It is an incredibly sunny afternoon. In the dead of what is supposed to be winter, we have somehow hit temperatures of 20 degrees Celsius (close to the 70s in Fahrenheit). This positively balmy weather calls for a leisurely walk around the neighborhood, and many ISH residents have heeded the call. But on this day I curl up by the front desk, writing thank you cards for the people who’ve been a part of my Washington journey. Upstairs, some ISH residents are watching the NFL playoffs between the Kansas City Chiefs and the Houston Texans, and we can hear their shouts of despair and excitement, alternatingly, from my perch at the lobby.
My phone beside my displays the score. This, if anything, is a sign that ISH has made its mark on me. Not only do I know who is playing in a sports game, I am even slightly invested in the outcome, because of a fellow ISH Resident who is a major Chiefs fan. Occasionally, I look up from my writing to distract my friend at the front desk with random bits of conversation.
Later, I manage to coax a fellow ISH resident away from interminable readings for a walk around the city. We wander past the Masonic Temple, admiring its remarkably symmetrical architecture, discussing the political situations in our countries. Somehow the walk takes us all the way past the World Bank and the International Monetary Fund, and we start to compare notes on what we both know of these institutions. Arriving back at ISH, we plop down in the dining hall and are joined by a couple of other ISH residents. The conversation quickly turns into a discussion of the benefits and disadvantages of current approaches to international development.
This is how I passed my last Sunday at ISH. It is an ISH tradition that at your last Sunday dinner, you stand up and say your goodbyes. But when the announcement came asking if it was anyone’s last Sunday, with the eyes of half of the room on me, I didn’t think I could do it.
So this is my thank you instead. My final Sunday represented what I liked the most about ISH – the quiet, steady feeling of everyone going about their day, but still very much together.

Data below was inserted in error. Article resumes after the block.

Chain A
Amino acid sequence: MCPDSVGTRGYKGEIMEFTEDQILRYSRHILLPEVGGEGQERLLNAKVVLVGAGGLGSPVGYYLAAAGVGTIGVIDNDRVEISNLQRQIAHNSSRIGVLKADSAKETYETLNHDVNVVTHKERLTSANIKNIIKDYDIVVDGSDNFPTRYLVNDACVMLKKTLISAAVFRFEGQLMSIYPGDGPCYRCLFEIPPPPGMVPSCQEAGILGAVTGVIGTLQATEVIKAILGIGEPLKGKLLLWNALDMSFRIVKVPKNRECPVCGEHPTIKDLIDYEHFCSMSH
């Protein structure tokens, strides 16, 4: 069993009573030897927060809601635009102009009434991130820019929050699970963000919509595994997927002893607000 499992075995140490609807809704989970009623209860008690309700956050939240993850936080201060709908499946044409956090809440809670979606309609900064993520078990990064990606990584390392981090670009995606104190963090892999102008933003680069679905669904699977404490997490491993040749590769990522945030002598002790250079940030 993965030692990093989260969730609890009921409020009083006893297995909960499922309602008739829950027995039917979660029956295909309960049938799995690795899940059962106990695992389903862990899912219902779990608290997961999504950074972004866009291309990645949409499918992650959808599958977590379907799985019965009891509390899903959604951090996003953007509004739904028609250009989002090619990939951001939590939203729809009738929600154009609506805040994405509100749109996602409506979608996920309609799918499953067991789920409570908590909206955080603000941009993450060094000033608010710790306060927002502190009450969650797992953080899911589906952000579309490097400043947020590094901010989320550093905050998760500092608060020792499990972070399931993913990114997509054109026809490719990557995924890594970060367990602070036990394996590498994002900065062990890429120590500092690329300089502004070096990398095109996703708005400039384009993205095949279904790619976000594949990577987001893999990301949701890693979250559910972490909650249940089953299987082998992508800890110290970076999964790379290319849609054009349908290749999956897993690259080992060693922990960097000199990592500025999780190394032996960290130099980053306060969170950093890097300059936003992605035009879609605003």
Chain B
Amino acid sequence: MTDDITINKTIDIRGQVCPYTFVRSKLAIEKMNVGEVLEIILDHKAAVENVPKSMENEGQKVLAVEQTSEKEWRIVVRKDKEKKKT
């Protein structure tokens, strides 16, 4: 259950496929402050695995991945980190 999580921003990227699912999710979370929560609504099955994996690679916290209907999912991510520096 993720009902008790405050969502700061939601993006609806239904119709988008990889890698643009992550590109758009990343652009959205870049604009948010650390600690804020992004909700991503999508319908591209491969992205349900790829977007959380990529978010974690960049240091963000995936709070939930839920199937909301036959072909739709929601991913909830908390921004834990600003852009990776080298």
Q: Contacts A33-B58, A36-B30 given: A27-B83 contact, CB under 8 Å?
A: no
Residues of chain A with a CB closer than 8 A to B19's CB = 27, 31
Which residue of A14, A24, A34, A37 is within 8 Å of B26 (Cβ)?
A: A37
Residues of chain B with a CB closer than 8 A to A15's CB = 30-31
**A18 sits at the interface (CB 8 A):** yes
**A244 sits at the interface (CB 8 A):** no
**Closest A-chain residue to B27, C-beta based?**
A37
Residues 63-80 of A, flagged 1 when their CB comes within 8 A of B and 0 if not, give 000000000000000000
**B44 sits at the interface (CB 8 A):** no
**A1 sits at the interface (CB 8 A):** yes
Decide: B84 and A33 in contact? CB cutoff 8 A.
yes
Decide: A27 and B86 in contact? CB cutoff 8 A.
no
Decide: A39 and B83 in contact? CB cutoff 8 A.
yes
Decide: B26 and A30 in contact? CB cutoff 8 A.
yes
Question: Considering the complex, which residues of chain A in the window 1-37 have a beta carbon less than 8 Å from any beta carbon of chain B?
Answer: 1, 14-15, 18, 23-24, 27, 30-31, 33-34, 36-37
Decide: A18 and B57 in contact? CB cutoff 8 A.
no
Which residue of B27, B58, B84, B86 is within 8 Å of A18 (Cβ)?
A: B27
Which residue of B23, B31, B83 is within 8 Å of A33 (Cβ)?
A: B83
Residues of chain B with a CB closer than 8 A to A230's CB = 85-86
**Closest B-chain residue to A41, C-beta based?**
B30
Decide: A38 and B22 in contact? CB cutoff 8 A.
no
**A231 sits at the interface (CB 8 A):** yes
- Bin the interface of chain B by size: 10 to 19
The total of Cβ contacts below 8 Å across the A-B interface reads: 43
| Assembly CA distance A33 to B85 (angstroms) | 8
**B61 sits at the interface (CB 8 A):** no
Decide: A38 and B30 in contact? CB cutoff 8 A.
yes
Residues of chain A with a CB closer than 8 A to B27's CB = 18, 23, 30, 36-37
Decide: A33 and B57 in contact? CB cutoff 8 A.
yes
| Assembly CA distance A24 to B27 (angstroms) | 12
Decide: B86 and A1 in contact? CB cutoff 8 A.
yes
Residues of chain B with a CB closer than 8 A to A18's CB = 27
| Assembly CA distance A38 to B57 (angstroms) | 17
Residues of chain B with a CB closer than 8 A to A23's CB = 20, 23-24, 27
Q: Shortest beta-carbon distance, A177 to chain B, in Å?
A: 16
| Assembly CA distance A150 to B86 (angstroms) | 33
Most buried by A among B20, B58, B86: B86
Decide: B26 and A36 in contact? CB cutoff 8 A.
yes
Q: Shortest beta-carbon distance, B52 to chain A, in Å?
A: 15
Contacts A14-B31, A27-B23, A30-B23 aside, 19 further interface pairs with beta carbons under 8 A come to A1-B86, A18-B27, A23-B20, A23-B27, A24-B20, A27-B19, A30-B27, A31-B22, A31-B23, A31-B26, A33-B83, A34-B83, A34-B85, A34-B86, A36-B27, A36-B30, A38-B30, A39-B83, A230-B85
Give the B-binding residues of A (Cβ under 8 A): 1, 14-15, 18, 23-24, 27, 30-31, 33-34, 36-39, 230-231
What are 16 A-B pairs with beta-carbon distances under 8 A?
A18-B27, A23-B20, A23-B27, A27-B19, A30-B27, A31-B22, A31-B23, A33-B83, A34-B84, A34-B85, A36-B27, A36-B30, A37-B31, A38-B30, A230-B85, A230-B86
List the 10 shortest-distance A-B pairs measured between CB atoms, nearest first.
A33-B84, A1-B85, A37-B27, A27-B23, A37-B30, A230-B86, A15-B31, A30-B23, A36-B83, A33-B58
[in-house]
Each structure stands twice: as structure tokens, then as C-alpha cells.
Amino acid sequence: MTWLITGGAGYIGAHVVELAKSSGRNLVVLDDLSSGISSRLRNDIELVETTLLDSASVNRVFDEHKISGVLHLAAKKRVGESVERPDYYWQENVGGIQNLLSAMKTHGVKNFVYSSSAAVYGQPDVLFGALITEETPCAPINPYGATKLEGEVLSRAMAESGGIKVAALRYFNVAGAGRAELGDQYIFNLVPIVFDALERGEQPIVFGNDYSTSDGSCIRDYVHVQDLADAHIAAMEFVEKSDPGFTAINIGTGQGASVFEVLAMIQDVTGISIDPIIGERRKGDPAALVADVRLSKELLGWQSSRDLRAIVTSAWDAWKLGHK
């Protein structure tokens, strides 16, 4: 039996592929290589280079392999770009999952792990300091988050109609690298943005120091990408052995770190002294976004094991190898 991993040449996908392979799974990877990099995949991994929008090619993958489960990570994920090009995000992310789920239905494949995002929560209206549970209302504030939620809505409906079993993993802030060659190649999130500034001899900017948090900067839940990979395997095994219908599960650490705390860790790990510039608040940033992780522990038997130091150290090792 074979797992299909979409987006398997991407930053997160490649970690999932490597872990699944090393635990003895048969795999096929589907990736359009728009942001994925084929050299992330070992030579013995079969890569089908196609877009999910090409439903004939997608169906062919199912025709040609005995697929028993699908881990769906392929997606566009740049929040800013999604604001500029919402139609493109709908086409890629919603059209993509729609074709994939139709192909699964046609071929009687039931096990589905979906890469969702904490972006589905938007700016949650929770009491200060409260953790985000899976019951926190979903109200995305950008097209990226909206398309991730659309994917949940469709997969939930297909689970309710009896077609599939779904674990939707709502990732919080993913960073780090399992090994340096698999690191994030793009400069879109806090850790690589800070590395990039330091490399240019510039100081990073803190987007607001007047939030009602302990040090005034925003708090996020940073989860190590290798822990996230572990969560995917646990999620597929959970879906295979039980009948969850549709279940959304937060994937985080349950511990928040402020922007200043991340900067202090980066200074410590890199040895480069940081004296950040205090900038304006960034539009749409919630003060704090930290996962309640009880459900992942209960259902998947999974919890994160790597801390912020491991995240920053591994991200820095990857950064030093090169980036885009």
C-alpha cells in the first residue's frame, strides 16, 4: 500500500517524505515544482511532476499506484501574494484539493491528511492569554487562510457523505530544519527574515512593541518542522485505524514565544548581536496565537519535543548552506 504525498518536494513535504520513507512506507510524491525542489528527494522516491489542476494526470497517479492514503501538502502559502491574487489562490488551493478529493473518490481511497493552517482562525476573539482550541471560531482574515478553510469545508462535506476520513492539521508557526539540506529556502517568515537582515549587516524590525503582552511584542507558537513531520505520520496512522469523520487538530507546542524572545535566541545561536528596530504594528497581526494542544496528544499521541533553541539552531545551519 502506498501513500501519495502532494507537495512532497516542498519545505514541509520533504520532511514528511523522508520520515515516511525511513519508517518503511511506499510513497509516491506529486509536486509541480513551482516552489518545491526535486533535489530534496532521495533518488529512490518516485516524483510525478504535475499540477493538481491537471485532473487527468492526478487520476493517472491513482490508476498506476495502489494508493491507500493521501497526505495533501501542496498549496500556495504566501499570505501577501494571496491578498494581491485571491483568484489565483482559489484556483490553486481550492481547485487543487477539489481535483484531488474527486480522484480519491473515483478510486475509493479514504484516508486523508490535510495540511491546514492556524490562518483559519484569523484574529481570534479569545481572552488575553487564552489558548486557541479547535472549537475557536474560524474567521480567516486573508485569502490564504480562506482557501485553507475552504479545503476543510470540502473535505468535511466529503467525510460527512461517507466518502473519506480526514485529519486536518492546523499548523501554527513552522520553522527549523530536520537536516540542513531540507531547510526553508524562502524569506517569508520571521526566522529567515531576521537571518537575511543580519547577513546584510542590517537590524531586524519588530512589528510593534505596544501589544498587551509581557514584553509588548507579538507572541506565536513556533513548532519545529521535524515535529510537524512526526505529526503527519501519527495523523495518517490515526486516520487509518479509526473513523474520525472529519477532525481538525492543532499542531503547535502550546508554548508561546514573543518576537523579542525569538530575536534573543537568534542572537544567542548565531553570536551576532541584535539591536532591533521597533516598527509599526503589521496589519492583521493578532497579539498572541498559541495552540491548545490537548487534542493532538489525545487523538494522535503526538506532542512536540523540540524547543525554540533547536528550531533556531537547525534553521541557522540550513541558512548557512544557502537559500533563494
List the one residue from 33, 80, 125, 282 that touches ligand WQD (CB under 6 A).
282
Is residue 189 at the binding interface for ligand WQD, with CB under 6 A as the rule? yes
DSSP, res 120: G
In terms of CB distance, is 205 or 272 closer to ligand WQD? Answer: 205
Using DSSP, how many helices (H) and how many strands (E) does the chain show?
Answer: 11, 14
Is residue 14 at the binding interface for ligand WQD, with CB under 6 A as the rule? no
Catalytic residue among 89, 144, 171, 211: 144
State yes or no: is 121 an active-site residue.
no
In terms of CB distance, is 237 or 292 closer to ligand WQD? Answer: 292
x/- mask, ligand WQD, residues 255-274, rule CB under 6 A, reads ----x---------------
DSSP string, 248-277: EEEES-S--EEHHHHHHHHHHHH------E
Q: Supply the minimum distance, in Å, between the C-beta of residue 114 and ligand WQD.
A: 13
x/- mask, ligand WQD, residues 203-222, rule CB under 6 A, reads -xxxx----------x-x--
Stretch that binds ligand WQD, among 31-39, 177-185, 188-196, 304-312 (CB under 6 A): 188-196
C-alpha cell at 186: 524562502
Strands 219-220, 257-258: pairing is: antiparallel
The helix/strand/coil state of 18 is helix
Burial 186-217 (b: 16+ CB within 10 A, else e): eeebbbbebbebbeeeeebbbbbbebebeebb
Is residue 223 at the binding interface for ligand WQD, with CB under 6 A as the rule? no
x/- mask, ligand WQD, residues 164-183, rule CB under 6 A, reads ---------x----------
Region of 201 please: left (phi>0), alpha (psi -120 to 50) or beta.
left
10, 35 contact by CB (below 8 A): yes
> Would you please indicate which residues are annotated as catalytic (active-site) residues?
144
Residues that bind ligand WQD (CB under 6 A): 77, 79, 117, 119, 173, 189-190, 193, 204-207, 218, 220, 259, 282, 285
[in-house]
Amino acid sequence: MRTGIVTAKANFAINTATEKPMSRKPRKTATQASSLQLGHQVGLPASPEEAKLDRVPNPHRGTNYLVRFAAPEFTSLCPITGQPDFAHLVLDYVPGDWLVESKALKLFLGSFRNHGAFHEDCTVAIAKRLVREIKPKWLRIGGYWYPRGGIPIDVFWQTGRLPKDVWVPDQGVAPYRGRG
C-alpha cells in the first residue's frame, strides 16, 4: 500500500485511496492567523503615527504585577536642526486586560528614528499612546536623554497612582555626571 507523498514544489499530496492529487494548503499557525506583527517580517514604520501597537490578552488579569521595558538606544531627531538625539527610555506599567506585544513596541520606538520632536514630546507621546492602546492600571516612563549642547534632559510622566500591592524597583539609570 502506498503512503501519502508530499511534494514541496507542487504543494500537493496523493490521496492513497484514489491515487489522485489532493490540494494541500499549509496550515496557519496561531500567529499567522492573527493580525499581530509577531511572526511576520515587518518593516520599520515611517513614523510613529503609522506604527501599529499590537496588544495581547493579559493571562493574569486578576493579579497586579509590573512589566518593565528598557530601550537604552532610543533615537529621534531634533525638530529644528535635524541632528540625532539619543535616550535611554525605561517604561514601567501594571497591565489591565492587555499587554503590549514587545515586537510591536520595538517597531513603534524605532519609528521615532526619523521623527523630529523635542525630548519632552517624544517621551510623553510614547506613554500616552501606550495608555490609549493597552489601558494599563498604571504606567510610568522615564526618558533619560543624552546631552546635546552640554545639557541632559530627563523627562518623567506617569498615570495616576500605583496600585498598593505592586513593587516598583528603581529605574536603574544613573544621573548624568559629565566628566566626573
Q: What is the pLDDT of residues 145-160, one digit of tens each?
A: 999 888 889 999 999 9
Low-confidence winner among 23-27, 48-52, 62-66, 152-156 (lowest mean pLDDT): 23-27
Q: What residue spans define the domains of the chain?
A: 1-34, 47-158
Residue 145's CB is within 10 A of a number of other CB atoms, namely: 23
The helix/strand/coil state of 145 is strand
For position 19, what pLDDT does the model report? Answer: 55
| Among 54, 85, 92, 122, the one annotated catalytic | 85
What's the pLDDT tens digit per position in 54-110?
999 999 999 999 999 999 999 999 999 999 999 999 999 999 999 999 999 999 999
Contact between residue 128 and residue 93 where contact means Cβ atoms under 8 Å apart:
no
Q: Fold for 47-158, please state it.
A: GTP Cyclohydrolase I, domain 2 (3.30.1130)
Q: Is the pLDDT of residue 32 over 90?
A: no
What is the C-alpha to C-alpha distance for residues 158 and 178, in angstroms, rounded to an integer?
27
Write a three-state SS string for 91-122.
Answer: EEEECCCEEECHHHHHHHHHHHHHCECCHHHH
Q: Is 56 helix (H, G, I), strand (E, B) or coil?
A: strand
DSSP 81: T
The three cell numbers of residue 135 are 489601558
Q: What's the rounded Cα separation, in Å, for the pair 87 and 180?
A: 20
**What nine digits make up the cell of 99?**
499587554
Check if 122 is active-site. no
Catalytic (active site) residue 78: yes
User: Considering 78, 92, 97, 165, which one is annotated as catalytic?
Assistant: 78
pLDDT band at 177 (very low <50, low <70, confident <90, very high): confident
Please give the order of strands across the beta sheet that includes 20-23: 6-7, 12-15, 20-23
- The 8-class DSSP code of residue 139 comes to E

Because even as a US strike kills an Iranian General, even as tragic bush fires rage on in Australia, even as passenger planes are shot down from the sky, even as the globe is threatened by a new epidemic, so many of us from all around the world still find a way to come together, coexist, and thrive. Hours after dinner, you can still witness conversations between residents on the effects of colonization in Africa or the best way of getting involved in international development. You may not know anything about sports, but somehow still get sucked into watching the Superbowl. (As I suspect many ISH residents will be this weekend- there will be a watch party in the Great Hall complete with Pizza, and from what I have seen of the poster it looks like it will be a lot of fun). If you’re too bogged down with work or school, there will always be someone to drag you out of your head in order to explore yet another museum, or art exhibit, or performance.
It is strange to be leaving behind my identity as an ISH resident, but I am already fully embracing being a part of the ISH Alumni, which I am sure will involve many visits to and from other ISH Alumni. This process has already begun– I recently visited a couple of former ISH Residents in Mexico City, and there are plans for more to visit me in Singapore.
So in the meantime, all that is left is a very big thank you to all of the ISH staff, board members, and residents who help to create and preserve the very special melting pot that is ISH.